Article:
Millennials outnumber everyone else in America. On paper they should be the perfect consumers to help a robust economy well into the second half of the 21t century.

But a new report suggests that big companies are having a sudden realization--something that almost every one of the 83.1 million Millennial Americans knew a long time ago, and in fact that they've been screaming from the proverbial rooftops.

It's that while as a generation Millennials are "digitally native, mobile oriented, media savvy, politically progressive, ethnically diverse, well-educated and culturally savvy," as Adweek put it recently, they also have one other giant defining characteristic:

They're kinda broke. 

Deloitte's Center for Consumer Insights surveyed 4,000 Americans to figure out their spending habits, and the big takeaway they found is that the average net worth of Americans under 35 has fallen 35 percent since 1996. As Adweek summarizes:

Now that millennials are in that labor market as fully vested consumers, a slightly soberer picture is emerging about their buying power. The problem is not their size, as millennials represent a larger consumer group than the baby boomers. And it's not the block of money they control, as millennials spend about $600 billion a year and are on track to spend $1.4 trillion by 2020, according to Accenture data.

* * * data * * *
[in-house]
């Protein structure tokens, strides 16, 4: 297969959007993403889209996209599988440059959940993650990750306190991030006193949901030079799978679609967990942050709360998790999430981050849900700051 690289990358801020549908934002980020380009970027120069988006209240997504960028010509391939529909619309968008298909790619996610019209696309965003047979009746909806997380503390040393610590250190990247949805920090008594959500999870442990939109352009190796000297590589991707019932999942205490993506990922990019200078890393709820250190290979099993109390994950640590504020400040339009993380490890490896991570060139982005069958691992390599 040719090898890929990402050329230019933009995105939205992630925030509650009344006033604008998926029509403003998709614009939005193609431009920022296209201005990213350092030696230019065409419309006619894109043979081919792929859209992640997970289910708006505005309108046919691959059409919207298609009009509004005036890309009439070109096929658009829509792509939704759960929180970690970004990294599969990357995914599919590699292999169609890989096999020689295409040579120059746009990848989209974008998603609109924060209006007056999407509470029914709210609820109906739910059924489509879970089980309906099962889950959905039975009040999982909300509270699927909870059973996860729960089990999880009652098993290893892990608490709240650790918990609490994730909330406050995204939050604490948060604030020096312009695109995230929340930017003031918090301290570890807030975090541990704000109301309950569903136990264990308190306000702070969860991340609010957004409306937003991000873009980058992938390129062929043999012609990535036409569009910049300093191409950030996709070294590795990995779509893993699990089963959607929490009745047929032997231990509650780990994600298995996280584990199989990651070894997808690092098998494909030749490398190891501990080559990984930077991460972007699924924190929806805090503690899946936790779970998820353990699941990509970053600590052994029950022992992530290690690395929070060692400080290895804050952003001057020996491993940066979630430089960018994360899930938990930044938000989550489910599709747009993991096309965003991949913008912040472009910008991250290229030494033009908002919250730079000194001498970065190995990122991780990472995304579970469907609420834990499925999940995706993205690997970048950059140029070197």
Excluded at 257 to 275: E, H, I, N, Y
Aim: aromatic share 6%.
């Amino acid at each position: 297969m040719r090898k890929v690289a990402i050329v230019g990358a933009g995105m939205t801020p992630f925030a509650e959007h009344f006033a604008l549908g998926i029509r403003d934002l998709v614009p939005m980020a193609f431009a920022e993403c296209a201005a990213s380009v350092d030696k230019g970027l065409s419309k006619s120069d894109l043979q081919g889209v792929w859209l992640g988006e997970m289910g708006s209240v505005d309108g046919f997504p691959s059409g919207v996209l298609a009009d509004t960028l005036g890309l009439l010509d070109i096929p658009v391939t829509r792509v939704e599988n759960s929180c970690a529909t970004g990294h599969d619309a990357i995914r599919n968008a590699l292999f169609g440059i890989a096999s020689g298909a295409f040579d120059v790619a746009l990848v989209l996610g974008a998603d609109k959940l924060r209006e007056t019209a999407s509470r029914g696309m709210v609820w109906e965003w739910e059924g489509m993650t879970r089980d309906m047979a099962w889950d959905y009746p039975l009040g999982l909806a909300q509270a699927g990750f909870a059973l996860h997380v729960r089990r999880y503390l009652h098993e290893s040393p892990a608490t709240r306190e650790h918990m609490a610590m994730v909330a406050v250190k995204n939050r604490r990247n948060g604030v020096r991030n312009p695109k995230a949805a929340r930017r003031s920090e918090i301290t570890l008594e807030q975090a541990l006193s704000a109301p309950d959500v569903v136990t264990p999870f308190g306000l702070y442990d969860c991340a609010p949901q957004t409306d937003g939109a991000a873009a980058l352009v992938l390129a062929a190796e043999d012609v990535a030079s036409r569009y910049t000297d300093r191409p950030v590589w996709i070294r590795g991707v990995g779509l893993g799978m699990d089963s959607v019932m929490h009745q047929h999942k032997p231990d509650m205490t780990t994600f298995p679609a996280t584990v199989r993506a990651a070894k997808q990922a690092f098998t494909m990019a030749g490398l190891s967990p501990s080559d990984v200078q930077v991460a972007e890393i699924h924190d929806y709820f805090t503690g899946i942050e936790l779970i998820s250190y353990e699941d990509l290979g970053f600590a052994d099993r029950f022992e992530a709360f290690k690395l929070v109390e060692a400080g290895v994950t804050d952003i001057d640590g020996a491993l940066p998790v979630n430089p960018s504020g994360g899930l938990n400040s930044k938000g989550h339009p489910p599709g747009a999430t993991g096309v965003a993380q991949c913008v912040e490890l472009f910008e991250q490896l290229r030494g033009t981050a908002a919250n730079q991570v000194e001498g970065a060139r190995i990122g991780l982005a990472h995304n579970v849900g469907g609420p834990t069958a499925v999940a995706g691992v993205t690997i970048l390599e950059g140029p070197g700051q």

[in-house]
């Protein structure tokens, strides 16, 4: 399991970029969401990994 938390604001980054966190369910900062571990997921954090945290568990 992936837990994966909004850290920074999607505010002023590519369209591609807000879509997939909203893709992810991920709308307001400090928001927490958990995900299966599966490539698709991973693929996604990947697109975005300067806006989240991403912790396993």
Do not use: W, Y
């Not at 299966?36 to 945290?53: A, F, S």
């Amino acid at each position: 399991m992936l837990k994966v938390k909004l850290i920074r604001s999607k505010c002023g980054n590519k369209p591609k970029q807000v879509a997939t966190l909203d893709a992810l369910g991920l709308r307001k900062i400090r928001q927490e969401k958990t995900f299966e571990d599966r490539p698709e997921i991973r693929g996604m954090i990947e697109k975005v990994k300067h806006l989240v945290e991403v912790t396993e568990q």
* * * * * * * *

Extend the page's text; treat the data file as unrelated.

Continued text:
The problem, rather, is that millennials are saddled with very large and unavoidable expenses that reduce their spending power when it comes to the discretionary purchasing that gets marketers so excited.

The big culprits? There are two (neither is a big surprise). 

  • Number 1 is housing. Millennials are spending far more than their predecessors just to keep a roof over their heads. Half are still renting, and they're paying a larger share of their income in rent than previous generations did.
  • Number 2 is student debt. Americans under 30 owe $384 billion in student loans. Go back to 2004 -- and honestly, student loans were a big issue then already -- and the number was just $148 billion for that cohort.

I suppose this is the part of the article where I'm supposed to offer some good news to wrap the whole thing up.

For entrepreneurs, perhaps it's that challenges always mean opportunities, if you're the one who can find them.

But if you were born around say, 1989, took out big student loans, graduated right into the Great Recession, and have seen your income grow slower and your economic footholds a little slower than you might have liked, the numbers show you're not alone.